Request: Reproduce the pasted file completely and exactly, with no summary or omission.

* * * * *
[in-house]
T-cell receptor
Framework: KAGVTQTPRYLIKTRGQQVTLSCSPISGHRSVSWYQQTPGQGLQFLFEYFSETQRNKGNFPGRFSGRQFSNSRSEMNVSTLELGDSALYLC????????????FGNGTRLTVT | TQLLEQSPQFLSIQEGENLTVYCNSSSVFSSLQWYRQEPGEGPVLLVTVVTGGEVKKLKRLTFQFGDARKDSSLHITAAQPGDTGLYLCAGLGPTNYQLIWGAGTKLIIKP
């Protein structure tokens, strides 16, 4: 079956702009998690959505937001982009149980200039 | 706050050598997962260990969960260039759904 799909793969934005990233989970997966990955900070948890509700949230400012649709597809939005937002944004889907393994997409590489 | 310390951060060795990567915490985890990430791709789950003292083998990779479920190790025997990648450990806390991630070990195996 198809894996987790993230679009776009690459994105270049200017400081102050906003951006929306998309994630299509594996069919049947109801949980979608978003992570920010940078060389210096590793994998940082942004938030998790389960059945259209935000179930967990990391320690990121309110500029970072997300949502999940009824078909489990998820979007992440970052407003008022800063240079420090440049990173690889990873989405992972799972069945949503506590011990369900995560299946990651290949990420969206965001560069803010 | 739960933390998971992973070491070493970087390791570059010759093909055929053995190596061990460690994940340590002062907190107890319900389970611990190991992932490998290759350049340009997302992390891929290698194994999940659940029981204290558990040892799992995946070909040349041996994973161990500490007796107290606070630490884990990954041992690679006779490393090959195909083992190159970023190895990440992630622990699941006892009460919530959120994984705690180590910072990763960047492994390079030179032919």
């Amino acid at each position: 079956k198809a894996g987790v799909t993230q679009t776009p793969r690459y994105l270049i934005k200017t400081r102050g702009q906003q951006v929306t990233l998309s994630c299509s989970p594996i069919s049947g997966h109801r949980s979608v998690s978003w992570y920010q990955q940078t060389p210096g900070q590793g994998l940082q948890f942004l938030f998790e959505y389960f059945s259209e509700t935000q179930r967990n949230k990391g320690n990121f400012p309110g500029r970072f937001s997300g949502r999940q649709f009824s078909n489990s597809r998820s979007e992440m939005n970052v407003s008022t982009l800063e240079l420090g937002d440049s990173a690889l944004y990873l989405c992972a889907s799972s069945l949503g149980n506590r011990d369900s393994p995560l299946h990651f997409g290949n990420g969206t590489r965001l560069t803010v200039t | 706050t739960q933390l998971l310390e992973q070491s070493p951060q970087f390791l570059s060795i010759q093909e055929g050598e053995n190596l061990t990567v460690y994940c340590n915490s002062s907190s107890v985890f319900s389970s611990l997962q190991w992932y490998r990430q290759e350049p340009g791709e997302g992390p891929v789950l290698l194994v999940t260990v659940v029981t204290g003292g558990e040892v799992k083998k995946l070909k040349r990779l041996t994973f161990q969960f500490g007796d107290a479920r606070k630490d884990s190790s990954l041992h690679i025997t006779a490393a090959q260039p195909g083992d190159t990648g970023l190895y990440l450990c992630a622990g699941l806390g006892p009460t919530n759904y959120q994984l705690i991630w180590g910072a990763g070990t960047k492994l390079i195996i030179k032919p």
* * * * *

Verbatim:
[in-house]
T-cell receptor
Framework: KAGVTQTPRYLIKTRGQQVTLSCSPISGHRSVSWYQQTPGQGLQFLFEYFSETQRNKGNFPGRFSGRQFSNSRSEMNVSTLELGDSALYLC????????????FGNGTRLTVT | TQLLEQSPQFLSIQEGENLTVYCNSSSVFSSLQWYRQEPGEGPVLLVTVVTGGEVKKLKRLTFQFGDARKDSSLHITAAQPGDTGLYLCAGLGPTNYQLIWGAGTKLIIKP
């Protein structure tokens, strides 16, 4: 079956702009998690959505937001982009149980200039 | 706050050598997962260990969960260039759904 799909793969934005990233989970997966990955900070948890509700949230400012649709597809939005937002944004889907393994997409590489 | 310390951060060795990567915490985890990430791709789950003292083998990779479920190790025997990648450990806390991630070990195996 198809894996987790993230679009776009690459994105270049200017400081102050906003951006929306998309994630299509594996069919049947109801949980979608978003992570920010940078060389210096590793994998940082942004938030998790389960059945259209935000179930967990990391320690990121309110500029970072997300949502999940009824078909489990998820979007992440970052407003008022800063240079420090440049990173690889990873989405992972799972069945949503506590011990369900995560299946990651290949990420969206965001560069803010 | 739960933390998971992973070491070493970087390791570059010759093909055929053995190596061990460690994940340590002062907190107890319900389970611990190991992932490998290759350049340009997302992390891929290698194994999940659940029981204290558990040892799992995946070909040349041996994973161990500490007796107290606070630490884990990954041992690679006779490393090959195909083992190159970023190895990440992630622990699941006892009460919530959120994984705690180590910072990763960047492994390079030179032919």
């Amino acid at each position: 079956k198809a894996g987790v799909t993230q679009t776009p793969r690459y994105l270049i934005k200017t400081r102050g702009q906003q951006v929306t990233l998309s994630c299509s989970p594996i069919s049947g997966h109801r949980s979608v998690s978003w992570y920010q990955q940078t060389p210096g900070q590793g994998l940082q948890f942004l938030f998790e959505y389960f059945s259209e509700t935000q179930r967990n949230k990391g320690n990121f400012p309110g500029r970072f937001s997300g949502r999940q649709f009824s078909n489990s597809r998820s979007e992440m939005n970052v407003s008022t982009l800063e240079l420090g937002d440049s990173a690889l944004y990873l989405c992972a889907s799972s069945l949503g149980n506590r011990d369900s393994p995560l299946h990651f997409g290949n990420g969206t590489r965001l560069t803010v200039t | 706050t739960q933390l998971l310390e992973q070491s070493p951060q970087f390791l570059s060795i010759q093909e055929g050598e053995n190596l061990t990567v460690y994940c340590n915490s002062s907190s107890v985890f319900s389970s611990l997962q190991w992932y490998r990430q290759e350049p340009g791709e997302g992390p891929v789950l290698l194994v999940t260990v659940v029981t204290g003292g558990e040892v799992k083998k995946l070909k040349r990779l041996t994973f161990q969960f500490g007796d107290a479920r606070k630490d884990s190790s990954l041992h690679i025997t006779a490393a090959q260039p195909g083992d190159t990648g970023l190895y990440l450990c992630a622990g699941l806390g006892p009460t919530n759904y959120q994984l705690i991630w180590g910072a990763g070990t960047k492994l390079i195996i030179k032919p």